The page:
The last of the single player modes is Waypoint, which is similar to a basic track editor. While you cannot add objects, roads or any other materials, you are able to create your own Enduro course by setting up checkpoints throughout the track. It’s a simple mode that is relatively painless to operate and quick to execute, allowing you to create your own free roaming Enduro track for use in both the single player and multiplayer within minutes.

Moving into the multiplayer aspects of the game, ATV Offroad Fury 3 offers a fairly standard multiplayer mode. You have the usual racing and various other similar game types that are available in the single player mode, in addition to an interesting collection of mini games. These easy little games have you participating in the likes of Tag Ball, which involves holding the red marker without being touched for the longest period of time, while Treasure Hunt sees you racing around the free-roam map collecting as many coins as possible, with whoever collects the most coins being declared as the winner.

While there isn’t a huge variety of customisation options available, the decent line-up of rider and ATV changes allows you to tweak your machine to your riding style and visual flare. You can change the gear ratios, suspension, exhaust, colours and various other body elements, in addition to the clothing colours and brands of your rider.

One of the minor downfalls for the series has been the rather standardized graphics that are far from jaw dropping, but do manage to successfully portray the sport. While the environments are often filled with blandish textures that are particularly noticeable during the desert tracks, the ATVs and riders offer a more pleasing level of visual quality. The ATVs react to occurrences appropriately; the suspension moving realistically to jolts and landings, while the rider moves and handles the bike in a realistic fashion. A nice effect is how the bikes eventually become dirty from the terrain that it is racing on; if on a muddy track, it’ll finish the race covered in mud, while a snow-filled track will yield a snowy-white ATV.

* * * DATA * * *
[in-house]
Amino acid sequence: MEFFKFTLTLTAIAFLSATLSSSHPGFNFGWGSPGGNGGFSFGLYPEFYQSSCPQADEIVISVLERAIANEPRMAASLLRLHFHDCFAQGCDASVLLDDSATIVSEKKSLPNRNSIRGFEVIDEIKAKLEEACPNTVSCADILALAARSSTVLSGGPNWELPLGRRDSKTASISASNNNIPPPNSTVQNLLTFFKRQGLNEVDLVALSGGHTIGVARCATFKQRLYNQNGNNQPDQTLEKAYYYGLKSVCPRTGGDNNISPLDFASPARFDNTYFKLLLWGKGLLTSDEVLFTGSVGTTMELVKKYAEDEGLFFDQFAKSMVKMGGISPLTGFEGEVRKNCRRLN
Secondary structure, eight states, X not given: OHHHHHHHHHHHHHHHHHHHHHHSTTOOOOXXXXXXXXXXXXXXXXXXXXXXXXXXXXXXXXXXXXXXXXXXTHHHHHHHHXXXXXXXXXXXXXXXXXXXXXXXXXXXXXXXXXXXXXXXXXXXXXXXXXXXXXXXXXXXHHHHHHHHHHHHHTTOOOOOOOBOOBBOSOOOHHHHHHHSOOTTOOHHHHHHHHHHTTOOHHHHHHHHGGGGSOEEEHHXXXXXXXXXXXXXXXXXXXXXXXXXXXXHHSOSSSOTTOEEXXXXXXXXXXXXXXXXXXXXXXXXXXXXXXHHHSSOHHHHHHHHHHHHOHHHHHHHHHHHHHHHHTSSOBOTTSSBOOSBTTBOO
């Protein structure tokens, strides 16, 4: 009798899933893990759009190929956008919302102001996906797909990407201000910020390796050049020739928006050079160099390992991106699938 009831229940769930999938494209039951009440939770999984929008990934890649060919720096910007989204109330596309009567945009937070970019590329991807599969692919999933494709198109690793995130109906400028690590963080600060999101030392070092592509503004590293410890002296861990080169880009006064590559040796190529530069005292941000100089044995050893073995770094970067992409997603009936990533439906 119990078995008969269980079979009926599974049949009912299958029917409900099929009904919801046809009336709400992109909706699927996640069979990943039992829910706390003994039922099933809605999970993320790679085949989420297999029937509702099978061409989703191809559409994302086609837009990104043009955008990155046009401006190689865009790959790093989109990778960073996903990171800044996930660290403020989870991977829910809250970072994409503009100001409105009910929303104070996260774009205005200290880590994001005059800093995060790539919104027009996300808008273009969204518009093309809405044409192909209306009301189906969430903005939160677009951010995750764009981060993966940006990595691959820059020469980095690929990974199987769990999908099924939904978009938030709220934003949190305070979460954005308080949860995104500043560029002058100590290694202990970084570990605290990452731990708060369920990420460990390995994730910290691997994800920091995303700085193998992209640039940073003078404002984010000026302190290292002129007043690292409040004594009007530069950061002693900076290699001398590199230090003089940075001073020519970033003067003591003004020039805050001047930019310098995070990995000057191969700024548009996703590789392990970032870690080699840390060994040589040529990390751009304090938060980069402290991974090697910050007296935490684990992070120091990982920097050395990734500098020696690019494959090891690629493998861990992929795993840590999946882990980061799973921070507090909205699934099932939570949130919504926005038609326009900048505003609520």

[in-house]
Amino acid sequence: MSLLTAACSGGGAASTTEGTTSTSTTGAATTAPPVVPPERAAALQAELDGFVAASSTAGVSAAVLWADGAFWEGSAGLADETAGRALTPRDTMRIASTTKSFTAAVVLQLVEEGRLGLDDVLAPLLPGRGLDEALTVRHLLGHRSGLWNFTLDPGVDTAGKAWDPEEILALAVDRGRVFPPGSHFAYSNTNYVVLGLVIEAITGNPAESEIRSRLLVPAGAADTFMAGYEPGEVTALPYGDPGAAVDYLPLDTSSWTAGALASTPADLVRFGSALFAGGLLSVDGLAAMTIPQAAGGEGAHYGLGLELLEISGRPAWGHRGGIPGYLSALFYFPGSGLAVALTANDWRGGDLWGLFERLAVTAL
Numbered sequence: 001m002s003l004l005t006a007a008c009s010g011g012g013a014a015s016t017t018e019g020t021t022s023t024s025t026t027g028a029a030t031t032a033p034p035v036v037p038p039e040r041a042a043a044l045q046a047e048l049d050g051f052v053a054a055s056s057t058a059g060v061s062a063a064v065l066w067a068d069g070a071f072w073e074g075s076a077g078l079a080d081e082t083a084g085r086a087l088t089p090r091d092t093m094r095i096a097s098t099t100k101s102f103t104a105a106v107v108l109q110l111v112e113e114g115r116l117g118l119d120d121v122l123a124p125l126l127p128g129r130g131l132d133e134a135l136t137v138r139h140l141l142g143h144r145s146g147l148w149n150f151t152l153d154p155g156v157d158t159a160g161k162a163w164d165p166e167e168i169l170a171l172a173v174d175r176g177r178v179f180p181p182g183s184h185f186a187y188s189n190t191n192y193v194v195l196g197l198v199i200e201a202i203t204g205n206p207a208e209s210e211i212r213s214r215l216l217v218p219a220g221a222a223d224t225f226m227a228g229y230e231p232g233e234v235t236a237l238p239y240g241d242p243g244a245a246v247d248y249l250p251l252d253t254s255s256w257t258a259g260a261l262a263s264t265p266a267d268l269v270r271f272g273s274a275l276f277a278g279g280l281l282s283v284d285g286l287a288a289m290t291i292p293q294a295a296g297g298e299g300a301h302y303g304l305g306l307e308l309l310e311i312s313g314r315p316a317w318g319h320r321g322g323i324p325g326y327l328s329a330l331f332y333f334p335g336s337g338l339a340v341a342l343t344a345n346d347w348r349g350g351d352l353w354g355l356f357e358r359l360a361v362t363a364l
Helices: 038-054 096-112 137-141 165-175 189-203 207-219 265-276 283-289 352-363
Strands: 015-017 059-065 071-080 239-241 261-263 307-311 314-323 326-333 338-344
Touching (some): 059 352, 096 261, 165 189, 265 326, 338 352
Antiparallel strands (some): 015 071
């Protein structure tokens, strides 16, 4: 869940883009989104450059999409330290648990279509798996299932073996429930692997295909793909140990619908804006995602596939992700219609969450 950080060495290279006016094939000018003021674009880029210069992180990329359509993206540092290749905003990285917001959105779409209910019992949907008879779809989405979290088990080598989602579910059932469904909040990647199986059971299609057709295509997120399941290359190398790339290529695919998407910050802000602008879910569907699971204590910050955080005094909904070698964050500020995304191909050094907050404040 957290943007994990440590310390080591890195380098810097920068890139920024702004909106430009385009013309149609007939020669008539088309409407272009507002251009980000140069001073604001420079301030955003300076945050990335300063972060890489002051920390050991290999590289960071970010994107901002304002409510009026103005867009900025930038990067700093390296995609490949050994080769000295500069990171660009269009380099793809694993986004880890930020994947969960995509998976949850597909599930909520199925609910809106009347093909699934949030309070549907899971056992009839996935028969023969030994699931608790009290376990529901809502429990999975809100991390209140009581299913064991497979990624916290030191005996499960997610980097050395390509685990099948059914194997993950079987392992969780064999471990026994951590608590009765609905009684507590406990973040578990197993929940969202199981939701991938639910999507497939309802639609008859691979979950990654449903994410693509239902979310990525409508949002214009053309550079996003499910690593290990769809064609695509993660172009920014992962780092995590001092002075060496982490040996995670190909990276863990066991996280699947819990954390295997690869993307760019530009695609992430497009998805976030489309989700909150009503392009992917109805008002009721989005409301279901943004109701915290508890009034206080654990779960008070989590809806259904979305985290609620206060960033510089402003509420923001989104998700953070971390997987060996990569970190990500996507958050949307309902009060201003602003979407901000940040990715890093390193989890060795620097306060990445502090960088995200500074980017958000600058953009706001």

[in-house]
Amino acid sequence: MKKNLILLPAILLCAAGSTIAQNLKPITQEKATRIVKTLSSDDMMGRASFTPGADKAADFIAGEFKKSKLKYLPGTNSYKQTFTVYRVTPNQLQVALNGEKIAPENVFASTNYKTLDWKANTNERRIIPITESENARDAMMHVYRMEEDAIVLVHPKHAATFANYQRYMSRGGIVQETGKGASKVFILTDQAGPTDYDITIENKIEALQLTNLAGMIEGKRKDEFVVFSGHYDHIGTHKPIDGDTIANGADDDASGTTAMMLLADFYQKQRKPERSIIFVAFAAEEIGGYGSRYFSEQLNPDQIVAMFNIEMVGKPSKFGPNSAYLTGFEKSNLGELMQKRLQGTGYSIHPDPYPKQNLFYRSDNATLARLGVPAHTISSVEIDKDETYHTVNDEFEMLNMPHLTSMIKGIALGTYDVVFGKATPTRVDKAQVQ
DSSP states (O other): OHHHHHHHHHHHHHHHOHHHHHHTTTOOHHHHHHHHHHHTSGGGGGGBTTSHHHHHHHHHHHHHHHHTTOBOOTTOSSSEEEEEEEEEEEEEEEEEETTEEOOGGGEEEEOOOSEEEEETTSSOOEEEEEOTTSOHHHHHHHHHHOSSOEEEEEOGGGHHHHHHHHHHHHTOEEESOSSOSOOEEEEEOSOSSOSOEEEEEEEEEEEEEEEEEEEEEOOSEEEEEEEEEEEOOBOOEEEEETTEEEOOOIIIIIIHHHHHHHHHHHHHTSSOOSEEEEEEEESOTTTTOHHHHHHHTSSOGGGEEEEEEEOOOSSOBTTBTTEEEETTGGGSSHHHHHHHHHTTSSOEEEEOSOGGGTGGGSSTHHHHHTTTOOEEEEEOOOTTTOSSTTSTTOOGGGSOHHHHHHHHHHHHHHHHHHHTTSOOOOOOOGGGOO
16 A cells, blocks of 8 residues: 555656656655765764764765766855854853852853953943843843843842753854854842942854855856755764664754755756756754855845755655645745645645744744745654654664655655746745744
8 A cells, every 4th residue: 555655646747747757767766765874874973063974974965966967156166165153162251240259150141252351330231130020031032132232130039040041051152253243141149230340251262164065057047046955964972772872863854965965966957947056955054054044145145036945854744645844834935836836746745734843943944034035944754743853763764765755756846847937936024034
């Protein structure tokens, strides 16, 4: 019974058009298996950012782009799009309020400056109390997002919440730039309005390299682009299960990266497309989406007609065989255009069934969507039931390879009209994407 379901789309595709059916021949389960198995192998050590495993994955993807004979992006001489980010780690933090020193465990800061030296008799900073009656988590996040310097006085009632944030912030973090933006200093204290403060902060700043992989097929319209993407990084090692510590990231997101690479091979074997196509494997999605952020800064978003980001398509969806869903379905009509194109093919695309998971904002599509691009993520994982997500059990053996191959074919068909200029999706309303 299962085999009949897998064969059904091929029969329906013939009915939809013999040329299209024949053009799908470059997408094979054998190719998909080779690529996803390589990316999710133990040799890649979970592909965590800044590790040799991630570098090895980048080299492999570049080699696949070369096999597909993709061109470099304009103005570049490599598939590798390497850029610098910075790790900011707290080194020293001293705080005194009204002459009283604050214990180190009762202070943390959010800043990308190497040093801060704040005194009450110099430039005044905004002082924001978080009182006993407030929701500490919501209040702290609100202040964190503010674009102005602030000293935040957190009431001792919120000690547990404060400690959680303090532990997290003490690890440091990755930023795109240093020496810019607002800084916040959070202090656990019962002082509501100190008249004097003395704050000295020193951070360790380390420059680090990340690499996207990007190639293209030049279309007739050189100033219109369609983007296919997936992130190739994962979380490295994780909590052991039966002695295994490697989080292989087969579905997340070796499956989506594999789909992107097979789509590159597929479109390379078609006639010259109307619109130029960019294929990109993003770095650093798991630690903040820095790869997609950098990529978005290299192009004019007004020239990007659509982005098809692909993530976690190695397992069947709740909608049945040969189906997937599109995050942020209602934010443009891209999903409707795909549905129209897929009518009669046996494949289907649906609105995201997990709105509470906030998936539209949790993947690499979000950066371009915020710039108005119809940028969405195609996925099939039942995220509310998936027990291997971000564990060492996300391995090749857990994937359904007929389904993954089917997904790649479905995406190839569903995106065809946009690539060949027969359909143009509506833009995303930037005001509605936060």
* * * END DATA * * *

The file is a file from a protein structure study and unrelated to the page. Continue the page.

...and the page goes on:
While the usual whines and groans of the ATVs unsurprisingly construct most of the game’s sound effects, the soundtrack is more varied and interesting. While not the best collection of songs has been included, many of the songs vary considerably from most of the others. For example, there are a few pop songs, punk rock, western and various other genres, all stemming from various different time periods. Although they aren’t awful and do offer sound variation, they don’t exactly blend together as smoothly as they should.

If you weren’t a fan of the previous titles in the series, it is unlikely that ATV Offroad Fury 3 will pull you in. It features the same game basing that has been featured in the previous titles, with a number new inclusions and tweaks that offer enough variation for fans of the series to enjoy and appreciate. Fans of the sport should find plenty to enjoy in this ATV title.

Disclosure: We are provided copies of games from the game companies for some games that we review.